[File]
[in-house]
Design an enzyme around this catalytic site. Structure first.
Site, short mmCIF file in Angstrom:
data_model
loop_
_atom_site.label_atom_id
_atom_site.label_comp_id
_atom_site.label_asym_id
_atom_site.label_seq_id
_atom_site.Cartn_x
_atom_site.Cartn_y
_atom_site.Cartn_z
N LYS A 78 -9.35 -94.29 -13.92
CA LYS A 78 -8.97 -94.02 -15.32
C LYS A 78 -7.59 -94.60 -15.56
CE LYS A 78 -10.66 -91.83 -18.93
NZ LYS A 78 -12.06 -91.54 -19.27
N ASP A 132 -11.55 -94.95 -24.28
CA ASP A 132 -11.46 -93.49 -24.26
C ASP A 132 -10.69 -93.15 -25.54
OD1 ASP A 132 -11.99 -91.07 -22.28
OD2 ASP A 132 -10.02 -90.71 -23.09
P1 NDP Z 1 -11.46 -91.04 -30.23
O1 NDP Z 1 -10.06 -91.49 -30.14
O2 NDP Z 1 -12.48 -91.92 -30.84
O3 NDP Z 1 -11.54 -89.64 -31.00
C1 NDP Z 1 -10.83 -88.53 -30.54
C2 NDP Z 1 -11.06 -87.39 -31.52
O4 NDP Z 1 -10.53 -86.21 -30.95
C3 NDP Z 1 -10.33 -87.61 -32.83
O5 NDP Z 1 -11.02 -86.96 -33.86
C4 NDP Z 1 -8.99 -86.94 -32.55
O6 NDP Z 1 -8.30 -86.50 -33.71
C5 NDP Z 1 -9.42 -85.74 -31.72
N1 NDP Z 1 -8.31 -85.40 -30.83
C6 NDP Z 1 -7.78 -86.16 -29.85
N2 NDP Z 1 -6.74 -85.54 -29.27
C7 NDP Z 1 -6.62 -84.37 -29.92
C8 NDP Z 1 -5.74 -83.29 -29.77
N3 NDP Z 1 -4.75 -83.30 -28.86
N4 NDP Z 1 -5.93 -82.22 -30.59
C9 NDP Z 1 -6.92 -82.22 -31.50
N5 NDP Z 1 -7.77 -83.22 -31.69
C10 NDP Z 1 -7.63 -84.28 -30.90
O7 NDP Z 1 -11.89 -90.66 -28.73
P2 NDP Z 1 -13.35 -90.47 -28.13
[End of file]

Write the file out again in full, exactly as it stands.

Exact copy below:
[in-house]
Design an enzyme around this catalytic site. Structure first.
Site, short mmCIF file in Angstrom:
data_model
loop_
_atom_site.label_atom_id
_atom_site.label_comp_id
_atom_site.label_asym_id
_atom_site.label_seq_id
_atom_site.Cartn_x
_atom_site.Cartn_y
_atom_site.Cartn_z
N LYS A 78 -9.35 -94.29 -13.92
CA LYS A 78 -8.97 -94.02 -15.32
C LYS A 78 -7.59 -94.60 -15.56
CE LYS A 78 -10.66 -91.83 -18.93
NZ LYS A 78 -12.06 -91.54 -19.27
N ASP A 132 -11.55 -94.95 -24.28
CA ASP A 132 -11.46 -93.49 -24.26
C ASP A 132 -10.69 -93.15 -25.54
OD1 ASP A 132 -11.99 -91.07 -22.28
OD2 ASP A 132 -10.02 -90.71 -23.09
P1 NDP Z 1 -11.46 -91.04 -30.23
O1 NDP Z 1 -10.06 -91.49 -30.14
O2 NDP Z 1 -12.48 -91.92 -30.84
O3 NDP Z 1 -11.54 -89.64 -31.00
C1 NDP Z 1 -10.83 -88.53 -30.54
C2 NDP Z 1 -11.06 -87.39 -31.52
O4 NDP Z 1 -10.53 -86.21 -30.95
C3 NDP Z 1 -10.33 -87.61 -32.83
O5 NDP Z 1 -11.02 -86.96 -33.86
C4 NDP Z 1 -8.99 -86.94 -32.55
O6 NDP Z 1 -8.30 -86.50 -33.71
C5 NDP Z 1 -9.42 -85.74 -31.72
N1 NDP Z 1 -8.31 -85.40 -30.83
C6 NDP Z 1 -7.78 -86.16 -29.85
N2 NDP Z 1 -6.74 -85.54 -29.27
C7 NDP Z 1 -6.62 -84.37 -29.92
C8 NDP Z 1 -5.74 -83.29 -29.77
N3 NDP Z 1 -4.75 -83.30 -28.86
N4 NDP Z 1 -5.93 -82.22 -30.59
C9 NDP Z 1 -6.92 -82.22 -31.50
N5 NDP Z 1 -7.77 -83.22 -31.69
C10 NDP Z 1 -7.63 -84.28 -30.90
O7 NDP Z 1 -11.89 -90.66 -28.73
P2 NDP Z 1 -13.35 -90.47 -28.13